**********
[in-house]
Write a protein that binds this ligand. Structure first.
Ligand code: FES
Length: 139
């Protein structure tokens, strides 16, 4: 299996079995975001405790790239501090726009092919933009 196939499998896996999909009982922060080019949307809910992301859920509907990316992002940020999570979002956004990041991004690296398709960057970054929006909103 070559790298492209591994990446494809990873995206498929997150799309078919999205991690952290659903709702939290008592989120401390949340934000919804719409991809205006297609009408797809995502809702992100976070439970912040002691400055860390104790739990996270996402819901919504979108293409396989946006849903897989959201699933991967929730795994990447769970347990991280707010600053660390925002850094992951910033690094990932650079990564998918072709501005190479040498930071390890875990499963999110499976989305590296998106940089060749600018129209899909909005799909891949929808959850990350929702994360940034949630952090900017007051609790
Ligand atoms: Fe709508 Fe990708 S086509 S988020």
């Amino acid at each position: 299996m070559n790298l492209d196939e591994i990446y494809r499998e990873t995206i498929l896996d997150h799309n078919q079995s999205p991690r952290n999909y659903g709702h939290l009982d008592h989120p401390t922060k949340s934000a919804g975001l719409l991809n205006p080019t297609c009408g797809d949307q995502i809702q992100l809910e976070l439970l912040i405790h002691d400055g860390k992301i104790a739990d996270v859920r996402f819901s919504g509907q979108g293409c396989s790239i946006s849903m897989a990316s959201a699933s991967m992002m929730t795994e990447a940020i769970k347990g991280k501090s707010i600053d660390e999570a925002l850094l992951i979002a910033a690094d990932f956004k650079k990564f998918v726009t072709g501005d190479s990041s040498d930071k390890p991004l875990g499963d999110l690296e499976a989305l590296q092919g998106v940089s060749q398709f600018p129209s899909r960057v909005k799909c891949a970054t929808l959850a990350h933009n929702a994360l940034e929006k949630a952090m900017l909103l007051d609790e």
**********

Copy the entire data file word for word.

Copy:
[in-house]
Write a protein that binds this ligand. Structure first.
Ligand code: FES
Length: 139
């Protein structure tokens, strides 16, 4: 299996079995975001405790790239501090726009092919933009 196939499998896996999909009982922060080019949307809910992301859920509907990316992002940020999570979002956004990041991004690296398709960057970054929006909103 070559790298492209591994990446494809990873995206498929997150799309078919999205991690952290659903709702939290008592989120401390949340934000919804719409991809205006297609009408797809995502809702992100976070439970912040002691400055860390104790739990996270996402819901919504979108293409396989946006849903897989959201699933991967929730795994990447769970347990991280707010600053660390925002850094992951910033690094990932650079990564998918072709501005190479040498930071390890875990499963999110499976989305590296998106940089060749600018129209899909909005799909891949929808959850990350929702994360940034949630952090900017007051609790
Ligand atoms: Fe709508 Fe990708 S086509 S988020």
């Amino acid at each position: 299996m070559n790298l492209d196939e591994i990446y494809r499998e990873t995206i498929l896996d997150h799309n078919q079995s999205p991690r952290n999909y659903g709702h939290l009982d008592h989120p401390t922060k949340s934000a919804g975001l719409l991809n205006p080019t297609c009408g797809d949307q995502i809702q992100l809910e976070l439970l912040i405790h002691d400055g860390k992301i104790a739990d996270v859920r996402f819901s919504g509907q979108g293409c396989s790239i946006s849903m897989a990316s959201a699933s991967m992002m929730t795994e990447a940020i769970k347990g991280k501090s707010i600053d660390e999570a925002l850094l992951i979002a910033a690094d990932f956004k650079k990564f998918v726009t072709g501005d190479s990041s040498d930071k390890p991004l875990g499963d999110l690296e499976a989305l590296q092919g998106v940089s060749q398709f600018p129209s899909r960057v909005k799909c891949a970054t929808l959850a990350h933009n929702a994360l940034e929006k949630a952090m900017l909103l007051d609790e």